New counter-terrorism measures which could see people who travel or stay in certain areas overseas jailed for up to 10 years are a “serious abuse of civil liberties”, a campaign group has warned.
The Campaign Against Criminalising Communities (Campacc) has condemned the Home Office’s 2019 Counter-Terrorism and Border Security Act for making it a criminal offence to travel to areas it designates as necessary for “protecting the public from terrorism”.
But Campacc argues that in practice travel to this region has had “diverse reasons”, such as “to visit family, conduct research, document human rights abuses, undertake humanitarian relief and to join the fight against ISIS”.
The act, which came into effect in April, exempts those who travel for humanitarian work, journalistic purposes and to visit family, among other reasons.
But Campacc insists that it could still criminalise people travelling for legitimate reasons “given its presumption of guilty motives and terrorist activities”.
In a statement, it adds: “Faced with up to ten years imprisonment, should their reasonable excuse not be accepted, some people will simply opt not to travel.
“This outcome would have a chilling effect on family relationships, academic inquiry, investigative journalism and acts of solidarity.”
A Home Office spokesperson told RightsInfo that it will be an “operational matter” for the police to determine whether a person arrested or investigated in relation to travel to a designated area is covered by one of the exemptions or has an otherwise reasonable excuse.
The decision whether to prosecute will lie with the Crown Prosecution Service (CPS), he added.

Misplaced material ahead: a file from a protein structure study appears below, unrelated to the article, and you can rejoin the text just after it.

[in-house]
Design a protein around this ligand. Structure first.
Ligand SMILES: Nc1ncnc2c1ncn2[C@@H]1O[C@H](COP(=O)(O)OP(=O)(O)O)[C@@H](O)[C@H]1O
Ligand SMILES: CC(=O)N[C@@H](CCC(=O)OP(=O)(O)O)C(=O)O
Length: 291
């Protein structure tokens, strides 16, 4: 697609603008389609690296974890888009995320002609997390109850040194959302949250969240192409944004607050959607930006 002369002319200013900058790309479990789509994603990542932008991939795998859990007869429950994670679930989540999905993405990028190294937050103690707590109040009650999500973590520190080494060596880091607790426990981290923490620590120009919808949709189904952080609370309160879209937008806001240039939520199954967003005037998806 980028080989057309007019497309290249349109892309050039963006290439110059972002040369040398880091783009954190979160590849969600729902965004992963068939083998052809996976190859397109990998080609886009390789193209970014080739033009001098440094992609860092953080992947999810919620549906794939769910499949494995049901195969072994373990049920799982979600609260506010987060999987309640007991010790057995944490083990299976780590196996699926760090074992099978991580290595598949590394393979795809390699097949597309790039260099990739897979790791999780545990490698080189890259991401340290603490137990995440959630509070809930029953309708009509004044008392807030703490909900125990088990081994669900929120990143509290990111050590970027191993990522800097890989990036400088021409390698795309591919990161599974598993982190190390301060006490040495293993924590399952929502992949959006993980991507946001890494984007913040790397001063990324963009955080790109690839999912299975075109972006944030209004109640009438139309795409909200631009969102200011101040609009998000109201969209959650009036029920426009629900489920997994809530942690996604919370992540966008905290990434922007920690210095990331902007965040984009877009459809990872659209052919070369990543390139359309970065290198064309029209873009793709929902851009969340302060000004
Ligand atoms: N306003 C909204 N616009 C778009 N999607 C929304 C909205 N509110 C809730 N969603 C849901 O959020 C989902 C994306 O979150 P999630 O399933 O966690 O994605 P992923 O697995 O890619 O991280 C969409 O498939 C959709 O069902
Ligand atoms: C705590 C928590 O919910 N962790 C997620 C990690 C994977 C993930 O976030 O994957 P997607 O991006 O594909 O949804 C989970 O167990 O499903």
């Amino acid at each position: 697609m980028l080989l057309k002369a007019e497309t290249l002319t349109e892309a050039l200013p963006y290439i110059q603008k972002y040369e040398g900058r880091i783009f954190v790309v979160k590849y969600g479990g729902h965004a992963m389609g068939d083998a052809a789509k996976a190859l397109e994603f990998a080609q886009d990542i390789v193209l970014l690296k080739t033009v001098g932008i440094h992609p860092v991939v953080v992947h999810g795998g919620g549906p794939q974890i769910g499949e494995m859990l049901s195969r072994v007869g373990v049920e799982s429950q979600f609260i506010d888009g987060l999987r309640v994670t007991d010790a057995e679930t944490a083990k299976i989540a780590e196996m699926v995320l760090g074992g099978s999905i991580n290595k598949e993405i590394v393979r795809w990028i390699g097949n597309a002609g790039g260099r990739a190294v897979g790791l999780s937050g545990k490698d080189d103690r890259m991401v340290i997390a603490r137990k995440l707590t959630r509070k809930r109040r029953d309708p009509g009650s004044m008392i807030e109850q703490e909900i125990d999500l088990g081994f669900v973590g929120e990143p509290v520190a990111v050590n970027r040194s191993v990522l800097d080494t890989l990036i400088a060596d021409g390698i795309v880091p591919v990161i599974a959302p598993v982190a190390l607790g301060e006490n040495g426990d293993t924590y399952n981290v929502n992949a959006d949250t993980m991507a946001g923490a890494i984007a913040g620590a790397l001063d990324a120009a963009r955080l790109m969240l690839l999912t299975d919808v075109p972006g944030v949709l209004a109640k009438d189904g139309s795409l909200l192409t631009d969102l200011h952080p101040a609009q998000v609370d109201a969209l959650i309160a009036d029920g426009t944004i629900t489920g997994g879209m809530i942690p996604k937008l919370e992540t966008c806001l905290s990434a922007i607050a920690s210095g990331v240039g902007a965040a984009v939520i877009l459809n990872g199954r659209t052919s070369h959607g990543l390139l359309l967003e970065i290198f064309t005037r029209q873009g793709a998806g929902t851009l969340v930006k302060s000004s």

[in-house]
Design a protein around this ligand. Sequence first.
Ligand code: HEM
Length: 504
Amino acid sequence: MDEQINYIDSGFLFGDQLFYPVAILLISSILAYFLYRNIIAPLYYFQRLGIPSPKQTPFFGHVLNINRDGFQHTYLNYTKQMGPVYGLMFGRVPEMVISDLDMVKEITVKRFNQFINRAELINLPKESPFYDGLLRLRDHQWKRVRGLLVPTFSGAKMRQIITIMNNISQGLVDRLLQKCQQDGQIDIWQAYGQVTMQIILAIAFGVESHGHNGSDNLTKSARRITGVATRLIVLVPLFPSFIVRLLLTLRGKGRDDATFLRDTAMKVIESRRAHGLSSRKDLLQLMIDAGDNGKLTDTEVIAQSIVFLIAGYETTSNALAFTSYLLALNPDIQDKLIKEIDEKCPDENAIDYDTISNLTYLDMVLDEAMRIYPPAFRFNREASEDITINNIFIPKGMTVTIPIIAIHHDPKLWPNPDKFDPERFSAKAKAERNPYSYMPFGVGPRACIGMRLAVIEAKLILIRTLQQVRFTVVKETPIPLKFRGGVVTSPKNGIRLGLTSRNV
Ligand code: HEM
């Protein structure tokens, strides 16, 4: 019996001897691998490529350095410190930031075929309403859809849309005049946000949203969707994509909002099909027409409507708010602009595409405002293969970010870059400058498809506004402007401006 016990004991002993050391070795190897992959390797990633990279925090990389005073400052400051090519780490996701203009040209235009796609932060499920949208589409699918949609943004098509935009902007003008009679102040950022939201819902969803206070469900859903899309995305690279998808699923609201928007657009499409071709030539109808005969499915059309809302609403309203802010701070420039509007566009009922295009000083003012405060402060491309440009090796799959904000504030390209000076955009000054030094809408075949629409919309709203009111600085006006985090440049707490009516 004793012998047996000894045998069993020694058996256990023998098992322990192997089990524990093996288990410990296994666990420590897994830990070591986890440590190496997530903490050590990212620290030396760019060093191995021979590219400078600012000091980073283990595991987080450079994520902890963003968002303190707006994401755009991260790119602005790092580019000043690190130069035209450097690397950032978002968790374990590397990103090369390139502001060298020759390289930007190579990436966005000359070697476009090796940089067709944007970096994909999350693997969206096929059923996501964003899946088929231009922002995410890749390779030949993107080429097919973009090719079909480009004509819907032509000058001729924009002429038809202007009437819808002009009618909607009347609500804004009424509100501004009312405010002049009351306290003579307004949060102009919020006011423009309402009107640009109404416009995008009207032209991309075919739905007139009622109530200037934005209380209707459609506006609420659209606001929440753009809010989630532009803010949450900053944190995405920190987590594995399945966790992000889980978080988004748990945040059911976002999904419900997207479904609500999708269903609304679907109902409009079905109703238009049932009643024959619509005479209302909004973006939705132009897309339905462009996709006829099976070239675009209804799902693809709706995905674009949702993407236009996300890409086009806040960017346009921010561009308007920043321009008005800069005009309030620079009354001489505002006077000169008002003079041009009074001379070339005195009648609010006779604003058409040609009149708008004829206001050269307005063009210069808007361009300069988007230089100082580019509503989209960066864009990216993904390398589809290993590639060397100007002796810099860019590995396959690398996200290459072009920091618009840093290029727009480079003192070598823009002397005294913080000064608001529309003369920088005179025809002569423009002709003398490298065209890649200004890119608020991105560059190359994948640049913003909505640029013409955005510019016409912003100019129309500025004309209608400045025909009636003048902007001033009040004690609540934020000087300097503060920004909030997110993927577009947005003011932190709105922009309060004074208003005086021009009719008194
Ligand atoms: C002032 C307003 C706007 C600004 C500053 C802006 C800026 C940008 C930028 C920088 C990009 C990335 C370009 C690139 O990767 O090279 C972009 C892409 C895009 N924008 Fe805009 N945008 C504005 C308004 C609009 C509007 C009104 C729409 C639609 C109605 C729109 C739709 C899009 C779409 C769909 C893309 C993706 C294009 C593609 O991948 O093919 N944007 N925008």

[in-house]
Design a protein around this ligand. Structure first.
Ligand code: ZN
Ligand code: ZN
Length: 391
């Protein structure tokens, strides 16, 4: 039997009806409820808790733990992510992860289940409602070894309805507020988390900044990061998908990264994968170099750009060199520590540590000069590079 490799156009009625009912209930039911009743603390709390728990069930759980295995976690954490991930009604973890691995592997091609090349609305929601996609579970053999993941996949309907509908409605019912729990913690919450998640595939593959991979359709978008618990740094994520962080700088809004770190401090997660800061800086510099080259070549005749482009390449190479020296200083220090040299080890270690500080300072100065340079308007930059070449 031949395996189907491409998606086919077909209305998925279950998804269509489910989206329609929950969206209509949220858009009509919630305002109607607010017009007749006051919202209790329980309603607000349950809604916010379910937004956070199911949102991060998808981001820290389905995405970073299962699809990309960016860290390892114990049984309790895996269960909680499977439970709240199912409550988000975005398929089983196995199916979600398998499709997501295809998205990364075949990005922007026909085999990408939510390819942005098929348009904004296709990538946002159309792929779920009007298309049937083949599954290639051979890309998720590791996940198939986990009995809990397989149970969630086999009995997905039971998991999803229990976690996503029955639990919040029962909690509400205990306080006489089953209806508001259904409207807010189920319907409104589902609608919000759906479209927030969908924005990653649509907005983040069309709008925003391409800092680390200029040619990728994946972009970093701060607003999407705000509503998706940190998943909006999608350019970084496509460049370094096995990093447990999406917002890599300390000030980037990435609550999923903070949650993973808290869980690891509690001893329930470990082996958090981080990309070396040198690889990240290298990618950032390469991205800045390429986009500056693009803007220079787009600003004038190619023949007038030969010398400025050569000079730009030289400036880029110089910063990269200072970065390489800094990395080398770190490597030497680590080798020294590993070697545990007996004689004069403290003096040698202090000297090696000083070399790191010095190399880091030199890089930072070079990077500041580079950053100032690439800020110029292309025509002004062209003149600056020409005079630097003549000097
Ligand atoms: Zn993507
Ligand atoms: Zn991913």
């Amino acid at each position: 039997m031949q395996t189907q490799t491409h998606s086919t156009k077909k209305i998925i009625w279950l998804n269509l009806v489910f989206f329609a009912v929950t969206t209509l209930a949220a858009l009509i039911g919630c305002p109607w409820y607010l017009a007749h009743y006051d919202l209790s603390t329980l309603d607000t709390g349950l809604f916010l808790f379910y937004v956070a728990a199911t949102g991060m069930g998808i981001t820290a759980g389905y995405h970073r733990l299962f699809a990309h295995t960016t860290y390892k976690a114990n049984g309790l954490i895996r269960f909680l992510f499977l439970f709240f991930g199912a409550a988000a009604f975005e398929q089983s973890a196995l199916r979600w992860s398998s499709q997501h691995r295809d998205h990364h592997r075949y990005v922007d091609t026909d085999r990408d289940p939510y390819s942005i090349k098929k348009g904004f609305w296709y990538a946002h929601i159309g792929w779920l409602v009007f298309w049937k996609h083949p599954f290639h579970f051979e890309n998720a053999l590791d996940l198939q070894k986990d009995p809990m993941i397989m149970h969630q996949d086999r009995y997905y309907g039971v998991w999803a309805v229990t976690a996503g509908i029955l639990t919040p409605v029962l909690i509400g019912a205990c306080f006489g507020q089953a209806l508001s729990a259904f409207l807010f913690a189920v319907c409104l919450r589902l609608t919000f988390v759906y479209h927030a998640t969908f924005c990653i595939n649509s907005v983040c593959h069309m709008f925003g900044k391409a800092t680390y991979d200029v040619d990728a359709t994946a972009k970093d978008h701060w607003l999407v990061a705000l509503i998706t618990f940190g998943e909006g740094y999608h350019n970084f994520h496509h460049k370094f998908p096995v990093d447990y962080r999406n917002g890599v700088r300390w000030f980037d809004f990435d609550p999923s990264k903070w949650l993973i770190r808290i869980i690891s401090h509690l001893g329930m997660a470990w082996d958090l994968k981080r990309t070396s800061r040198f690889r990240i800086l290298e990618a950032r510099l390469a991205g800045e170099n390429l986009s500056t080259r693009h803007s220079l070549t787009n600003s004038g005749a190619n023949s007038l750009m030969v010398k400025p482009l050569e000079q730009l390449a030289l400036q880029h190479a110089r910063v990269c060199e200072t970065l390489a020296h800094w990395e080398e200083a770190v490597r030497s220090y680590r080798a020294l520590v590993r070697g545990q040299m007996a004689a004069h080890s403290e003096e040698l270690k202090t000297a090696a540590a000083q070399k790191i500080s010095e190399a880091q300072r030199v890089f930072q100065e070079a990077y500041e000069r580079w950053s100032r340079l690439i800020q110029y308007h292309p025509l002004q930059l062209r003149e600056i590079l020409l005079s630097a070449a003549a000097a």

Why Has Travel To Designated Areas Become a Criminal Offence?
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The Home Office introduced its Counter-Terrorism and Border Security Act in 2019 partly in response to the challenge of prosecuting returning foreign fighters, namely British citizens who travelled to Syria to fight alongside Isis.
“We have 400 people in this country who have returned from activity in hotspots, many of whom we believe, from intelligence, have been active, but whom we have been unable to prosecute,” said security minister Ben Wallace during a 2018 parliamentary debate.
“That is a serious number of people.
“A number of them continue to pose a threat, and we have not been able, despite quite a lot of effort and looking, to find evidence to bring to court to prosecute them for the terrorist activity they may have been involved in.”
But Campacc describes this inability to prosecute as a “remarkable state of affairs” considering the “wide range” of existing criminal offences subject to extra-territorial jurisdiction, such as encouragement of terrorism, training for terrorism and membership of a proscribed organisation.
According to a report from human rights group Liberty, the amendment proscribing travel to a “designated area” was added at a late stage and “has not been subject to the careful scrutiny that such a significant new offence requires.”
It adds: “It is difficult to see how it is compatible with the presumption of innocence to legislate to make mere travel a criminal offence in circumstances where there is insufficient evidence to prosecute for an existing terror offence.”
What Does The Government Say?
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A Home Office spokesperson told RightsInfo: “Those who travel abroad to fight in terrorist conflicts pose a threat to us all and need to be stopped.
“Whilst it’s important that those who enter a designated area for a legitimate reason such as humanitarian aid work do not face prosecution, we must be sure that terrorists would not exploit this.”
In a speech delivered last month, Home Secretary Sajid Javid announced he and officials were exploring the possibility of a ban on travel to northeastern Syria and said that “there may be a case in future for considering designating parts of West Africa”.